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Spherical Cows

When scientists refer to a spherical cow, we are poking fun at ourselves. We are admitting that some of our models or descriptions of things are far more simple than the actual object, like to say that a cow has a spherical shape. The phenomena we study are often complex, and including too many details can hinder, rather than help our understanding. Often it is useful to study a simplified model which contains only the most important general characteristics. Such a model can be more easily studied using numerical or analytical methods and then compared to observations.

As an example of this kind of thinking, say we were aliens trying to understand "humans", a strange race of beings recently discovered on a small planet orbiting a medium-sized star. We might divide them into two groups, one which grows facial hair (men), one which does not (women). Within each group there is a lot of variety - each human in the first group group can have facial hair in a wide range of colors and textures, for example. However, we think that there is some underlying reason for the gross characteristic of having or not having facial hair. We might then make more observations to try and understand why this is so. These further observations might uncover more similarities (humans in the first group have both an X and a Y chromosome while humans in the second group have two X shaped chromosomes) that are more fundamental. In astronomy we try to do the same thing.

Often what we do is look at a limited number of characteristics, trying to understand each to put into our picture of the whole. Almost any astrophysical object is too complicated to try and understand everything at once. It makes more sense to look at only a few characteristics at one time and to try and understand how each one affects how the object appears or evolves.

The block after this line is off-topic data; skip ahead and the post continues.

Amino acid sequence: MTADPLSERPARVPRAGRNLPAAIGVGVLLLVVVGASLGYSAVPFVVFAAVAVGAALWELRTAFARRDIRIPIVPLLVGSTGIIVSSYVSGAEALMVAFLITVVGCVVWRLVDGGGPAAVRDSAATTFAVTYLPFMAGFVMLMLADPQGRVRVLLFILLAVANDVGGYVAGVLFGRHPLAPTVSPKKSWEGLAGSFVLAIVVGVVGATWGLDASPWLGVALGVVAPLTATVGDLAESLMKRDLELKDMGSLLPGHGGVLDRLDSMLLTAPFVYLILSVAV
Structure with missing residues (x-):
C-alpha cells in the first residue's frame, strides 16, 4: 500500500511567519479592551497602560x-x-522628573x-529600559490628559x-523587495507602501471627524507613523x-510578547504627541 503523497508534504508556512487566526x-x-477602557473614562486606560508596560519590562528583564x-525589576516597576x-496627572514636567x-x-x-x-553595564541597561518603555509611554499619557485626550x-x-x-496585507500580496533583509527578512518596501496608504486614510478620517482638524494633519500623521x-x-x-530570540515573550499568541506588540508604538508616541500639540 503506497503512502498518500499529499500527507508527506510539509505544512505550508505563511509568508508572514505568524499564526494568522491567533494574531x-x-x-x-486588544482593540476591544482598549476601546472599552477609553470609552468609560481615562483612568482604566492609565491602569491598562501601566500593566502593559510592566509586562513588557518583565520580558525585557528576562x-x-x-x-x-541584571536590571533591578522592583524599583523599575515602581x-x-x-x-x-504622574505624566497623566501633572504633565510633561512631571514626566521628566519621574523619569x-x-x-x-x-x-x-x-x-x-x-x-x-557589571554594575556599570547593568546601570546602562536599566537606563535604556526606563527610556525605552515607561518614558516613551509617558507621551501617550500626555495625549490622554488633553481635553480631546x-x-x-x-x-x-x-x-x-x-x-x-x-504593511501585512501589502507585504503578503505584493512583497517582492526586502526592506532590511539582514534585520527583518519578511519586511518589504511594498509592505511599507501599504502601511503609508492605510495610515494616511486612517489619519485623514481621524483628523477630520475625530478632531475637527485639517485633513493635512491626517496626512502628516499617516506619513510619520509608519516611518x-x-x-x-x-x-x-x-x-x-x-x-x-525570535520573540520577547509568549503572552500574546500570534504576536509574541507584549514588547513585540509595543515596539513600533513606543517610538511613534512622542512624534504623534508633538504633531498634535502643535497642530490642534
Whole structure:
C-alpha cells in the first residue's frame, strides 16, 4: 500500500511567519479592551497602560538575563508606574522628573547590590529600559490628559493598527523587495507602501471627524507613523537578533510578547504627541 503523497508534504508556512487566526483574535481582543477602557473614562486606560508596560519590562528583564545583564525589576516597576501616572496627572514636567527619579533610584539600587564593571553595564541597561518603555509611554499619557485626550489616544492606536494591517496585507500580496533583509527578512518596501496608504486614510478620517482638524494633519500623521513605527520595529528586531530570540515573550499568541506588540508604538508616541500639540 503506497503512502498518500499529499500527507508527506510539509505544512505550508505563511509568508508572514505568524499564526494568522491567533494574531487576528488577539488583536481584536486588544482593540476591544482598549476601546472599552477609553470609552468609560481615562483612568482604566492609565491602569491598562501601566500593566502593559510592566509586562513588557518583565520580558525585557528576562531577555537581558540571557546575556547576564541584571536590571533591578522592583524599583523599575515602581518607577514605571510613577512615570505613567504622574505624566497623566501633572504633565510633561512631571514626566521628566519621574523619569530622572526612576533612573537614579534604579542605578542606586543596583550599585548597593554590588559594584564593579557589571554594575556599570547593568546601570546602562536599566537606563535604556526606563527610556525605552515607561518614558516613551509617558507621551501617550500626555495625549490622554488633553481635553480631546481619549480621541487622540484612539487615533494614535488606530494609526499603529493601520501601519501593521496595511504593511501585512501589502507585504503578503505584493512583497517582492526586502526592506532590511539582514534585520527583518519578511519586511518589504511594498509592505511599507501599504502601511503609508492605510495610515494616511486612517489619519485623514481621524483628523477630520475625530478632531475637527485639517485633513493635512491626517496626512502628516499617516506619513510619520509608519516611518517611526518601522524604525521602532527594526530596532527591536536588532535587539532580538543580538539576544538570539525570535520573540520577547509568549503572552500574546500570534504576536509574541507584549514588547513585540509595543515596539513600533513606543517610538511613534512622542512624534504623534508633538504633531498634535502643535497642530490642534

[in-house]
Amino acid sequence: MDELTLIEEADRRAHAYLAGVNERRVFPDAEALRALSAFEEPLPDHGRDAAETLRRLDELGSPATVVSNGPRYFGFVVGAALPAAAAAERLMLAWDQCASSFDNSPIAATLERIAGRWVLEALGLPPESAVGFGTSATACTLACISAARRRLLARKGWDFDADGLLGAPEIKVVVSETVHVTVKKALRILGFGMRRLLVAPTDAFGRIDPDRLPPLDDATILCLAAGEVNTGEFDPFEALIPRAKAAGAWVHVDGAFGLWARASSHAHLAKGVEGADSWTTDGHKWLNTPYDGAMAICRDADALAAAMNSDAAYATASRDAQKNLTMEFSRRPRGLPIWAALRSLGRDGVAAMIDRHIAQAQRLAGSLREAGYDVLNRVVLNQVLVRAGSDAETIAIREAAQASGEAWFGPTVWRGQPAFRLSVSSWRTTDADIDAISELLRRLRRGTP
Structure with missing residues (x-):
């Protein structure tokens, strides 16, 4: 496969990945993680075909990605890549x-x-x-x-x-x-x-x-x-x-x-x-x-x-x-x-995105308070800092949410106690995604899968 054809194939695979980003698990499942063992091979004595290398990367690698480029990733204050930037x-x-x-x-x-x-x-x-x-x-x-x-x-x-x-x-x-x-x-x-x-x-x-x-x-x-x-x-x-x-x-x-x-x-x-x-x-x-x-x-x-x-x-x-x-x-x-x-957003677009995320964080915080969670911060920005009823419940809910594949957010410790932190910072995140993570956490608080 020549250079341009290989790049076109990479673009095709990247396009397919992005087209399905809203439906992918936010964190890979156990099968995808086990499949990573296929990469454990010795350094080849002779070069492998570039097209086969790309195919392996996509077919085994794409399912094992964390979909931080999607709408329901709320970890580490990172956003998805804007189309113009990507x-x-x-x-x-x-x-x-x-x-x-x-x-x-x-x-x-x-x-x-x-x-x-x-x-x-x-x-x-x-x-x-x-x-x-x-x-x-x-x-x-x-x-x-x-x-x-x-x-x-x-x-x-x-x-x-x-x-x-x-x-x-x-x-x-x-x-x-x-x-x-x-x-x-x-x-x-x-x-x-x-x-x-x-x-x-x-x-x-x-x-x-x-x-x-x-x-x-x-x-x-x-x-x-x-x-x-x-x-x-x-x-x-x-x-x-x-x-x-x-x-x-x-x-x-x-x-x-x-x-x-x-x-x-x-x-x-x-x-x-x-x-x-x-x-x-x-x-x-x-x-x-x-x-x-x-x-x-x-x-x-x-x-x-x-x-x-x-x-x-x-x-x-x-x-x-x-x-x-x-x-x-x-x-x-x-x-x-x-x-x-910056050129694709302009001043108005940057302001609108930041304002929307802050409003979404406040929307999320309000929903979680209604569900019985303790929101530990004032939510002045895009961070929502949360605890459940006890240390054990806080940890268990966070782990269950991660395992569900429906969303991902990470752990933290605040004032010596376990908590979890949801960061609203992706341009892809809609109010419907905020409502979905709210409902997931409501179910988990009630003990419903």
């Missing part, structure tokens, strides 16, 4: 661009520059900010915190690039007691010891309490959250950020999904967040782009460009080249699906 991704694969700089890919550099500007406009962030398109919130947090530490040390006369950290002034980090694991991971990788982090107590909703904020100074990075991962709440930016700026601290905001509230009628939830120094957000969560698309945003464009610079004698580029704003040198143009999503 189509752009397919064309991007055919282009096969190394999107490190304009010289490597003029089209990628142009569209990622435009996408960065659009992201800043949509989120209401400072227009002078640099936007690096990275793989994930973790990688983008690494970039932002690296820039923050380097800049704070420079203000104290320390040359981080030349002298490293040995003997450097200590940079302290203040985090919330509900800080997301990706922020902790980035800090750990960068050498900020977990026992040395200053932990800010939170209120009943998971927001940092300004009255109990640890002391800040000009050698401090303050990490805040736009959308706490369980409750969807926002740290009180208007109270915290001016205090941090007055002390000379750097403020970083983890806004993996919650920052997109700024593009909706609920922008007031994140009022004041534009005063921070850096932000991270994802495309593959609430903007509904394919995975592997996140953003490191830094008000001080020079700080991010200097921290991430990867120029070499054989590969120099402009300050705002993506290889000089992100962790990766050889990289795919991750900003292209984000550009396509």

"Flavors" of SNR - Different Viewpoints

Supernova Remnants ( (SNR) are one such complex astrophysical object. You can say that SNRs come in many different flavors, depending on who you talk to. Each flavor or "ideal" SNR isolates important features, giving scientists a piece of the puzzle in helping to figure out the entire SNR picture.

First there is the theorist's SNR, which is something of a spherical cow. In this model, a couple of thousand years after the star blew up in a supernova explosion, the ejected material has swept up a considerable amount of the ambient gas, leaving behind a big, hot hole. There is a little bit of gas inside the hole and that gas emits some thermal X-ray light. There is a lot more gas on the edges (because the swept-up gas was swept to the edge of the hole). This gas is also very hot and should emit thermal X-ray light.

Ambient Interstellar Medium drawing (

Cartoon Model of a SNR (

"Sounds reasonable, so where does the spherical cow business come in", you ask. The answer is that we often pretend that the SNR has a spherical shape, in spite of the fact that most of them are a bit out-of-round. We also pretend that all SNRs should look the same even though they don't. But, we do this for some good reasons -- we want to learn about what happens to SNRs in general as they mature and what SNRs as a whole class will do to the galaxy. Concentrating on their common features helps us to do that. Also, simplifying their shapes makes it easier for us to perform the mathematical computations that we do.

Another flavor of SNR is the observer's SNR. The observer generally has many pictures of the SNR, each taken with a different observing instrument, such as X-ray, radio, and even visible light detectors. Generally the SNR looks different "in each of these different wavelengths", just like you and I look different to another human being (who looks at the visible light) then we do to a bee or a snake (who are able to detect ultraviolet and infrared light, respectively). Also, even when using the same observing instrument, each SNR looks different from all of the other SNRs and often observers try to figure out what is causing the differences.

Scientists are indeed guilty of calling cows (or SNR) spherical. But there is good reason to do so. It is important to understand not only what makes a cow more or less spherical as well as to understand what it is that makes a cow, well, a cow.

Thank you to Robin Shelton for contributing to this article.

Imagine the Universe is a service of the High Energy Astrophysics Science Archive Research Center (HEASARC), Dr. Alan Smale (Director), within the Astrophysics Science Division (ASD) at NASA's Goddard Space Flight Center.

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Acting Project Leader: Dr. Barbara Mattson
All material on this site has been created and updated between 1997-2012.

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